The virus-induced recession has resulted in deep economic scarring that will be seen for years. Tens of millions of Americans remain unemployed, broke, and hungry. US bankruptcies of large companies are on pace to hit a 10-year high, with even more devastation seen among smaller firms.
The collapse of small business is absolutely shocking, considering firms with under 500 employees account for about 44% of US economic activity.
Bloomberg notes a “wave of silent failures goes uncounted in part because real-time data on small business is notoriously scarce, and because owners of small firms often have no debt, and thus no need for bankruptcy court.”
“Probably all you need to do is call the utilities and tell them to turn them off and close your door,” said William Dunkelberg, chief economist for the National Federation of Independent Business.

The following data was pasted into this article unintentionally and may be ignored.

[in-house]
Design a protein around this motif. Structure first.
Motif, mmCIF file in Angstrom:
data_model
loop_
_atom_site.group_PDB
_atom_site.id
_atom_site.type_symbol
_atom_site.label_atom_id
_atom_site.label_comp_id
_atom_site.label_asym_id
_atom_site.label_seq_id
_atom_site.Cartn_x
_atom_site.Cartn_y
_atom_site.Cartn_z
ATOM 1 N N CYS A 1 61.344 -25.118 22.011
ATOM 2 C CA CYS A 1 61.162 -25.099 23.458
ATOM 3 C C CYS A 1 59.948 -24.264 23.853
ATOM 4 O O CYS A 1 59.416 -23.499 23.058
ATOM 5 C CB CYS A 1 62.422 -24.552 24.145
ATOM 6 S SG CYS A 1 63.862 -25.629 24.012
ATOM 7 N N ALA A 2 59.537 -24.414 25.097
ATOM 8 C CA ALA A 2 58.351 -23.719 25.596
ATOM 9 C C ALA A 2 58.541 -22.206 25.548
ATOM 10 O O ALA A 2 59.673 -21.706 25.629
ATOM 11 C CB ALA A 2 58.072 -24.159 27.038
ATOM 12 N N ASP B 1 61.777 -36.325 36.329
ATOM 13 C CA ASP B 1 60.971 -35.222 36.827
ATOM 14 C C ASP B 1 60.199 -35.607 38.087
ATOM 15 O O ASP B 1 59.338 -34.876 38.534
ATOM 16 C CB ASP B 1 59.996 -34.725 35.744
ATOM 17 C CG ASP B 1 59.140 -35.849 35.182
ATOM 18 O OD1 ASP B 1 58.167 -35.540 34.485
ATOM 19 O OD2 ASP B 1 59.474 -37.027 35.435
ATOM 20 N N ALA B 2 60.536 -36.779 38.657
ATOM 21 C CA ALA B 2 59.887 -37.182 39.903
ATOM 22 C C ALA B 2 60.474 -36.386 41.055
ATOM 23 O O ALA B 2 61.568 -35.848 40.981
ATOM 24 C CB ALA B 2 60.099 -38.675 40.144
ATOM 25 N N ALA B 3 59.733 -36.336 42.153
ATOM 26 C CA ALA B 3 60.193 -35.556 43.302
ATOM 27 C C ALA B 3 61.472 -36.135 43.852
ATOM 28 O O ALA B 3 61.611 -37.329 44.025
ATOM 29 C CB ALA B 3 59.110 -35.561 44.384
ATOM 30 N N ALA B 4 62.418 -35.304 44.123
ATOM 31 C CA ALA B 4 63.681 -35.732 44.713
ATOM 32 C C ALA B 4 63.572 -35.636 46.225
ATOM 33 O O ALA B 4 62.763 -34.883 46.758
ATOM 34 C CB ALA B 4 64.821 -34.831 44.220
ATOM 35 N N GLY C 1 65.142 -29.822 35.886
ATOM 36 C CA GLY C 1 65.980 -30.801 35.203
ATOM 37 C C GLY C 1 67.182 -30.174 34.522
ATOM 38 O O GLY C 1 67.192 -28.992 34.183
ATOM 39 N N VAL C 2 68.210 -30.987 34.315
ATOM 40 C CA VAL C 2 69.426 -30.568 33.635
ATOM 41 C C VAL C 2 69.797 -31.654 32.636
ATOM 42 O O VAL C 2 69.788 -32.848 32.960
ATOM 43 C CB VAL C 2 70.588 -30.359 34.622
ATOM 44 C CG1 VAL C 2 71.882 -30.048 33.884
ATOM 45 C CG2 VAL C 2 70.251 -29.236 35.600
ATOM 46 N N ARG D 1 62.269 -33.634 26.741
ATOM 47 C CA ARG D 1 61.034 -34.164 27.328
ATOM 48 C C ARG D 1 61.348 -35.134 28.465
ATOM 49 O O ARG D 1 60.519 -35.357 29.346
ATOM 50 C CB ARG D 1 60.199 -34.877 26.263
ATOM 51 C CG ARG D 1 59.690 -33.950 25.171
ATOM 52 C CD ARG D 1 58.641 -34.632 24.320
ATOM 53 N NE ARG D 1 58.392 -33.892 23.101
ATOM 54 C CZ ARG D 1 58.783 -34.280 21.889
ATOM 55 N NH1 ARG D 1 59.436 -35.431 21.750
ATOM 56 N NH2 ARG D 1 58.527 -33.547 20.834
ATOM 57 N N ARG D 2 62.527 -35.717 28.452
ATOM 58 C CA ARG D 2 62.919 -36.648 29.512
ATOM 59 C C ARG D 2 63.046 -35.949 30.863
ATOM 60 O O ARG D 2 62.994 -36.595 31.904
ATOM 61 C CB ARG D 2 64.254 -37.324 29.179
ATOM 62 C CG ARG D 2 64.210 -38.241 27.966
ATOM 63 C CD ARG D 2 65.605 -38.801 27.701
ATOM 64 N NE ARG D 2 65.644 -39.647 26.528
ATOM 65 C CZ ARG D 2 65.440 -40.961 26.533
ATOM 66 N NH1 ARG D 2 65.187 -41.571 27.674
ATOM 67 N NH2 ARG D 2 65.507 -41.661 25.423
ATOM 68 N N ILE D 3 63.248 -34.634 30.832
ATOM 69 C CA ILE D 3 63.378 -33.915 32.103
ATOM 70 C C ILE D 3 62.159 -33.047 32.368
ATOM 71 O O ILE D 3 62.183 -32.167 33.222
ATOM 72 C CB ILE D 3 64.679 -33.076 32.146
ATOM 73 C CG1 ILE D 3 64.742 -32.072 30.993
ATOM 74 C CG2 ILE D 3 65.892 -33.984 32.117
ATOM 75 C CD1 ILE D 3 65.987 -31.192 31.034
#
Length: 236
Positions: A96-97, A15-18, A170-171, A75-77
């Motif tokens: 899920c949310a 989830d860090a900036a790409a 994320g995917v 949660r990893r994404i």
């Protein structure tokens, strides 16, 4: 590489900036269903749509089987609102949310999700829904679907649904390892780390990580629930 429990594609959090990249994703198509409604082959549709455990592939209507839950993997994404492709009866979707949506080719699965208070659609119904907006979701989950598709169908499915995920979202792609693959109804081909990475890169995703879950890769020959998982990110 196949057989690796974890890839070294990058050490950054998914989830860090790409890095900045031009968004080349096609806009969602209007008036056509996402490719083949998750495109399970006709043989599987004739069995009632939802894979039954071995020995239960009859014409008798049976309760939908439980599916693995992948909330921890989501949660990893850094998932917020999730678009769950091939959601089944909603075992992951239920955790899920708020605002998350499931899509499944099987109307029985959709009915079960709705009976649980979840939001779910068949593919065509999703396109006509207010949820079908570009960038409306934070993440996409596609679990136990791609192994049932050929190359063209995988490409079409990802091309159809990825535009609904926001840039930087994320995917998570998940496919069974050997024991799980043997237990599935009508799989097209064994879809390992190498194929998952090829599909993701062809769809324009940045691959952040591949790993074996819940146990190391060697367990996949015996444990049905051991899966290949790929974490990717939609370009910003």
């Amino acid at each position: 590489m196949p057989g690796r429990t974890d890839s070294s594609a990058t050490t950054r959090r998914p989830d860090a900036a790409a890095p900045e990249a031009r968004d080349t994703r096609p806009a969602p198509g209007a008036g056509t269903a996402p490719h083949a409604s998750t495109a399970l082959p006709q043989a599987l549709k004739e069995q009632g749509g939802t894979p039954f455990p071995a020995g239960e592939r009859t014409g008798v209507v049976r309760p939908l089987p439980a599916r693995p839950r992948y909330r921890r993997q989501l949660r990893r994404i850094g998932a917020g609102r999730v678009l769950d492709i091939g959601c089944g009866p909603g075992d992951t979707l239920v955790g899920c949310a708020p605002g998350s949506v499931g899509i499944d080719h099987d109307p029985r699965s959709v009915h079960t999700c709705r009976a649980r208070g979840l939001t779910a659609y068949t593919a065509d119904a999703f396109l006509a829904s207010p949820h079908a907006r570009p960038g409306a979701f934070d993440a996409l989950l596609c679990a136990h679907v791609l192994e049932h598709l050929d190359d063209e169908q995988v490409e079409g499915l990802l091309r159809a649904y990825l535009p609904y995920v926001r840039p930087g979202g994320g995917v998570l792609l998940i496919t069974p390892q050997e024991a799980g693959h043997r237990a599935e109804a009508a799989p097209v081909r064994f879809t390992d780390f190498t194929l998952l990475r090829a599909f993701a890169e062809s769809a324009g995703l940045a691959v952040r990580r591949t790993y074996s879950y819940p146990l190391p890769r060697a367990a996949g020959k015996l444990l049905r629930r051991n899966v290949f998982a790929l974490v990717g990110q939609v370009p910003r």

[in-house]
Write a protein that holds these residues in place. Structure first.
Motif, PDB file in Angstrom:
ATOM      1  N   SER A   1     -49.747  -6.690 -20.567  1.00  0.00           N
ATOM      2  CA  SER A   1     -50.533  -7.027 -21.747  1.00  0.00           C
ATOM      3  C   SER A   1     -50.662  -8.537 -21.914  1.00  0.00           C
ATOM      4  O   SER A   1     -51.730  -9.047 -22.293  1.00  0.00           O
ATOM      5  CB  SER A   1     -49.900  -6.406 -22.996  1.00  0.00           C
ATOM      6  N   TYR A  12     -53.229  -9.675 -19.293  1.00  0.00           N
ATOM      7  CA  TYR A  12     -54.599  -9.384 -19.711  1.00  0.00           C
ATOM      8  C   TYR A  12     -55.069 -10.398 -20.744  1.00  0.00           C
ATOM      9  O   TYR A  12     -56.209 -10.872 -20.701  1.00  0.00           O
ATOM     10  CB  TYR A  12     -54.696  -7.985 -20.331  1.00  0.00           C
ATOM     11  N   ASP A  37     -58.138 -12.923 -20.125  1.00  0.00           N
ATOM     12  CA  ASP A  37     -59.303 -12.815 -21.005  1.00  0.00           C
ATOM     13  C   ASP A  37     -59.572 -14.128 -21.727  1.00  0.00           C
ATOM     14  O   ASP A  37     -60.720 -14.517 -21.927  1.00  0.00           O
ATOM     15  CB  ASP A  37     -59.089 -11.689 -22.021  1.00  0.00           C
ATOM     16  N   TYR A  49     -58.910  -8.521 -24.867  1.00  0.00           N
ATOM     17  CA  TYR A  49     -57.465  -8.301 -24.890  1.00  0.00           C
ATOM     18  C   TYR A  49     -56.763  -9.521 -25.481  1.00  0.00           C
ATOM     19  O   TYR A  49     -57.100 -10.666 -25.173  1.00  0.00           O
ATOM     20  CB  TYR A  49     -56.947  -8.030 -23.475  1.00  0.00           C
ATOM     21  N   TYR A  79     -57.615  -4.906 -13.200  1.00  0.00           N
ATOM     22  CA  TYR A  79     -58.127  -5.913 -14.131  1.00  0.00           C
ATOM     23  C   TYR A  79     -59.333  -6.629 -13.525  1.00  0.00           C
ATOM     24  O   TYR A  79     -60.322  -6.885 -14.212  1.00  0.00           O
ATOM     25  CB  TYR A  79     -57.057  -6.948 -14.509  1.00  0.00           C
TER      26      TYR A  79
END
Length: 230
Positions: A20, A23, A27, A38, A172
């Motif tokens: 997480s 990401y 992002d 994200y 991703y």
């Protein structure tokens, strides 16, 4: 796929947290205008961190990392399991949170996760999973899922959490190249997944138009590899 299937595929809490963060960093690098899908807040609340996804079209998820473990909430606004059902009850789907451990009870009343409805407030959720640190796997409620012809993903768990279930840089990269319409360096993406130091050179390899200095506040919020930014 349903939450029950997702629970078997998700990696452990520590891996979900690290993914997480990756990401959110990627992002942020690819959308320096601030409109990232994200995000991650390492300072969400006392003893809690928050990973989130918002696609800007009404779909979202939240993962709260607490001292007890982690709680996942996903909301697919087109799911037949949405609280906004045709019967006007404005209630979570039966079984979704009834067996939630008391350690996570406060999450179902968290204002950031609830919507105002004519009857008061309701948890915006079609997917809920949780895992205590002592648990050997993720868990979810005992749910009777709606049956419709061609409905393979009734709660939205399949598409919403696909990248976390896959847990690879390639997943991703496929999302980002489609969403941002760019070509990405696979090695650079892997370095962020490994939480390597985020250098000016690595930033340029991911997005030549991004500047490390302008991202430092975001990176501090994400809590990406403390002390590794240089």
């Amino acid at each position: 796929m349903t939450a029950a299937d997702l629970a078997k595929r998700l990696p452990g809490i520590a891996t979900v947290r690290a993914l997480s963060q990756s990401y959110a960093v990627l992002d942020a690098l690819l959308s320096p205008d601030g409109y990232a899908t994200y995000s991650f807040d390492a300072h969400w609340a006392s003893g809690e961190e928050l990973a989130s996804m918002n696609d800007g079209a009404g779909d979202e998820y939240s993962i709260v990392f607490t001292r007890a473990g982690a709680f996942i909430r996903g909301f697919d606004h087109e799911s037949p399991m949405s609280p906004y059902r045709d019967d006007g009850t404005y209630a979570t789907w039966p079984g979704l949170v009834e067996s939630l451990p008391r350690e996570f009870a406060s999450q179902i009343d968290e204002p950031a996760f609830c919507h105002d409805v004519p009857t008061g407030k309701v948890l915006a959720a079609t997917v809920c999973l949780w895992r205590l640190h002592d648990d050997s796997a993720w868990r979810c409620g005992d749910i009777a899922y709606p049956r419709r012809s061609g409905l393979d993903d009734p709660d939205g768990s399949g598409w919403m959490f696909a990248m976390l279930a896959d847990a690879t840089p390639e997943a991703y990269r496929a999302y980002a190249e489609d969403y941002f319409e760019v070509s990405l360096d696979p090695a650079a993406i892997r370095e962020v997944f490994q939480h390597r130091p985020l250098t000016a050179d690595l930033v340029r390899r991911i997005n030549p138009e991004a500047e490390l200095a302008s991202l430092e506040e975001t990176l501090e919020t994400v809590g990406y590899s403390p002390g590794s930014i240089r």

Dunkelberg warned: Small business closures “are going to be well above normal because we’re in a disastrous economic situation.”
Yelp’s latest data on business activity shows more than 80,000 companies permanently shuttered operations from March 1 to July 25. What’s concerning is that 60,000 of these closings were small firms.
We recently pointed out small restaurants across the country have listed their eateries for sale on Facebook Marketplace. The number of listings is stunning, a clear indication the bust cycle is far from over. Another round of closures could be seen later this year, or into next, as the recovery reverses and fears of a double-dip recession materialize.
A July report from the US Chamber of Commerce survey showed 58% of small business owners are worried about permanently closing. The problem today is that the economic recovery stalled in June and has started to reverse, a fiscal cliff has been festering underneath the surface in August, which could result in lower consumption among tens of millions of Americans that would pressure businesses sales.
A combination of firms going bust and depressionary unemployment levels have tremendous spillover effects in the mostly dominated consumer-driven economy.
President Trump’s orders to provide more direct transfer payments to broke Americans have tremendous consequences; first, a quarter of all US income is derived from the government,